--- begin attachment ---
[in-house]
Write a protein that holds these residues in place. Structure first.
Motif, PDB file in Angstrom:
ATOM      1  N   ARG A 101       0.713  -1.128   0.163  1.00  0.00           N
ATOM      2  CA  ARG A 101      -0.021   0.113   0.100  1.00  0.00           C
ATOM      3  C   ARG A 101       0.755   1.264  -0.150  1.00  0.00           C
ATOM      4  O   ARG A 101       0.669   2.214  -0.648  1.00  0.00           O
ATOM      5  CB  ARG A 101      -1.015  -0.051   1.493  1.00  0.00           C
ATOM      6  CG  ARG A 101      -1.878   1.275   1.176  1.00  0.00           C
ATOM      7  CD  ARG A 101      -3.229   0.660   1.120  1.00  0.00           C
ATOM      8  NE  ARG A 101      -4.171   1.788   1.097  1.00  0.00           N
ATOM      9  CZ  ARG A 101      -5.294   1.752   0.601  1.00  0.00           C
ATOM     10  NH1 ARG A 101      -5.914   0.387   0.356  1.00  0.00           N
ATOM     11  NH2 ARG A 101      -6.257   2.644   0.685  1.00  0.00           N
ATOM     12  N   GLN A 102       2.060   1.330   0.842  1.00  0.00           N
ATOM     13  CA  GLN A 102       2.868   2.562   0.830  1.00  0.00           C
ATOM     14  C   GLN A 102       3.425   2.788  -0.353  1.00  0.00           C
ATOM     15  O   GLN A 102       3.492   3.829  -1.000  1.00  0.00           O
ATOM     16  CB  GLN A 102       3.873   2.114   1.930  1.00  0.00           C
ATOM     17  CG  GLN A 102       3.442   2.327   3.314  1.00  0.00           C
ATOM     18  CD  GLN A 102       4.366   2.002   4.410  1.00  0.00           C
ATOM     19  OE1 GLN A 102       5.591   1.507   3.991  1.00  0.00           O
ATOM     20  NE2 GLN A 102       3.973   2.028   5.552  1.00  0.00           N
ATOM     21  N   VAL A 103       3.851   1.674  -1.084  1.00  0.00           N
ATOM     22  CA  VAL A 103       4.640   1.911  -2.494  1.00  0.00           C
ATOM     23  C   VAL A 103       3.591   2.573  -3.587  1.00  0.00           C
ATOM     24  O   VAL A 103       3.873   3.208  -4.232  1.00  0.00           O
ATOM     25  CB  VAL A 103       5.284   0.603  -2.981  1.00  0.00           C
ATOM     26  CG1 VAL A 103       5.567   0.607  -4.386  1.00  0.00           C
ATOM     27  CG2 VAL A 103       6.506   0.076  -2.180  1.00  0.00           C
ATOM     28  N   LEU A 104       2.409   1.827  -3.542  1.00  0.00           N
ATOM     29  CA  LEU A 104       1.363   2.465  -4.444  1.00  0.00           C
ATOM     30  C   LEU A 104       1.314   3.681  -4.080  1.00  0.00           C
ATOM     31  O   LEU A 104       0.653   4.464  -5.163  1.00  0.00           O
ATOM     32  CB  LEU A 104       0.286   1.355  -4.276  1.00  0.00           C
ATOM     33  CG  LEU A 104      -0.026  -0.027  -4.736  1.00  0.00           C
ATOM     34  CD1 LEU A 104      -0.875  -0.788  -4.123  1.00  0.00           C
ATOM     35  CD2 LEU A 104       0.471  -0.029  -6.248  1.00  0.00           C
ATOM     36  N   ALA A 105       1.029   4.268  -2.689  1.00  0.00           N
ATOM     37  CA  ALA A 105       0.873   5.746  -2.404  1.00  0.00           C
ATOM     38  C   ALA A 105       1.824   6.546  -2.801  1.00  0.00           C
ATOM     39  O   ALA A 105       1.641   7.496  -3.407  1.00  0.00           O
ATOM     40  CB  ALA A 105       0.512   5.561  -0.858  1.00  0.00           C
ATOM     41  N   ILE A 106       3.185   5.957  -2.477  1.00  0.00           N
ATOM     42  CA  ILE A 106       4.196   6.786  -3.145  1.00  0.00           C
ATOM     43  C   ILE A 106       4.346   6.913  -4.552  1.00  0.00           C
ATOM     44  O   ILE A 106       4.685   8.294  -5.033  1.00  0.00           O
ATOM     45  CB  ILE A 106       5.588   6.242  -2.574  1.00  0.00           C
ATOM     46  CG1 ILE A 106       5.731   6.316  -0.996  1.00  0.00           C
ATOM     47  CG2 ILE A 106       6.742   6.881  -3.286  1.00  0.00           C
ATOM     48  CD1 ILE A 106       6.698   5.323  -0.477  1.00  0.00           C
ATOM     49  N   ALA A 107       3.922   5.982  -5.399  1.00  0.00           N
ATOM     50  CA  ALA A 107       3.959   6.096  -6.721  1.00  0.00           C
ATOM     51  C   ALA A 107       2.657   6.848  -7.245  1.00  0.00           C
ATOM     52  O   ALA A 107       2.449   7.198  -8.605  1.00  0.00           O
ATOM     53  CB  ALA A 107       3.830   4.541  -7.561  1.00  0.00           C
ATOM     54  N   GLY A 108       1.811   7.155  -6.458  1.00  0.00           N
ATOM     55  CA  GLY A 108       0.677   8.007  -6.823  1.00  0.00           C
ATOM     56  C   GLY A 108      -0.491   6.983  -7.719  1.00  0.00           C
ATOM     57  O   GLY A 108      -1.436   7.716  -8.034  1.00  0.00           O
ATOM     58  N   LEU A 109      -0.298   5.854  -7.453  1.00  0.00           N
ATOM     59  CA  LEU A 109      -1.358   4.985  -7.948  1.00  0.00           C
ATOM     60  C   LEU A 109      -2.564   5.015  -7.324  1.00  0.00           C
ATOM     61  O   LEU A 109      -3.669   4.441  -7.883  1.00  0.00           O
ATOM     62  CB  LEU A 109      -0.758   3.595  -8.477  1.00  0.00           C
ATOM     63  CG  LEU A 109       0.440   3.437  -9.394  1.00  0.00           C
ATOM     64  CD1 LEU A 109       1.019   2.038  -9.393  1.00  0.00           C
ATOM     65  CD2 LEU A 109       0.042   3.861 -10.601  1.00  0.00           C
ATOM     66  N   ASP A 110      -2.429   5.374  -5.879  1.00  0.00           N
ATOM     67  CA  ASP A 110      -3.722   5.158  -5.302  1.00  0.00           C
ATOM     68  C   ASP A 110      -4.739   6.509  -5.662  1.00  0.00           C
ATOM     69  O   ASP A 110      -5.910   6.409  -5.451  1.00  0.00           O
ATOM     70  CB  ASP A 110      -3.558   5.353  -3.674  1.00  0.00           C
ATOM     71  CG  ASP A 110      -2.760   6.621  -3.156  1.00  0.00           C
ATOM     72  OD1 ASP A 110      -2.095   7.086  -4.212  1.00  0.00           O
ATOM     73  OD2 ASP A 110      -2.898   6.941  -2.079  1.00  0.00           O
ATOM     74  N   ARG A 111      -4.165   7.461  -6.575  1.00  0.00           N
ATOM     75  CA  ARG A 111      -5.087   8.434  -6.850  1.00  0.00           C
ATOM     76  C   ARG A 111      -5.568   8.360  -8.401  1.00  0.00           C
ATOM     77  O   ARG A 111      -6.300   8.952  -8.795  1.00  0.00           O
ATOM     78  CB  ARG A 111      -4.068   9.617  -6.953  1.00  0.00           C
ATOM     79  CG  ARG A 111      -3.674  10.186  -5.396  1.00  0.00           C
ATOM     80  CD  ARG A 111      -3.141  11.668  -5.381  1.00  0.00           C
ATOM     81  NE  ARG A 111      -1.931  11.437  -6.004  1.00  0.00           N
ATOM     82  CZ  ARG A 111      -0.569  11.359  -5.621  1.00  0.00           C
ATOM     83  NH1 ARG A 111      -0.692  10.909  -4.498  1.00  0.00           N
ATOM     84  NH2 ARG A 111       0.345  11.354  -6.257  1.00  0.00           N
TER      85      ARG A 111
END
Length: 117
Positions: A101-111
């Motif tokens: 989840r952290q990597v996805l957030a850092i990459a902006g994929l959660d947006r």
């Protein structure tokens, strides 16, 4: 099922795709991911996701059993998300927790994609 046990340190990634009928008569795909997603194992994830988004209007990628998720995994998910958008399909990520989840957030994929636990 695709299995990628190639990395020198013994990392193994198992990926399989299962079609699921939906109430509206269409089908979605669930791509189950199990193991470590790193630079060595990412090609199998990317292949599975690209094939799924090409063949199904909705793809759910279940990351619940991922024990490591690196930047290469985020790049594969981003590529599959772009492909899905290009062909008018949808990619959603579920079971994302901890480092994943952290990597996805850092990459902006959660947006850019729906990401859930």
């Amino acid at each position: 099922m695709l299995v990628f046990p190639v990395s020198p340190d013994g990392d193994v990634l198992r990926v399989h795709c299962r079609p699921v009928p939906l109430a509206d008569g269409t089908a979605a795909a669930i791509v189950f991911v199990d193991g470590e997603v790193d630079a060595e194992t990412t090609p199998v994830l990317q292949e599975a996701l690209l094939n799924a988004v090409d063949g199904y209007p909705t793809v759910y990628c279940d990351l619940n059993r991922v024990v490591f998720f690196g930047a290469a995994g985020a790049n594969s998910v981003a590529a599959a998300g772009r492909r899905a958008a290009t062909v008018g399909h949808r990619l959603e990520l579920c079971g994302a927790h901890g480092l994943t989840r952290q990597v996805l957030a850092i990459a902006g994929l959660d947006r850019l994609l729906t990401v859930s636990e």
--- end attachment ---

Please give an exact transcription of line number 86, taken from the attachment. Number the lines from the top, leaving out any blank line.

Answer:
ATOM     83  NH1 ARG A 111      -0.692  10.909  -4.498  1.00  0.00           N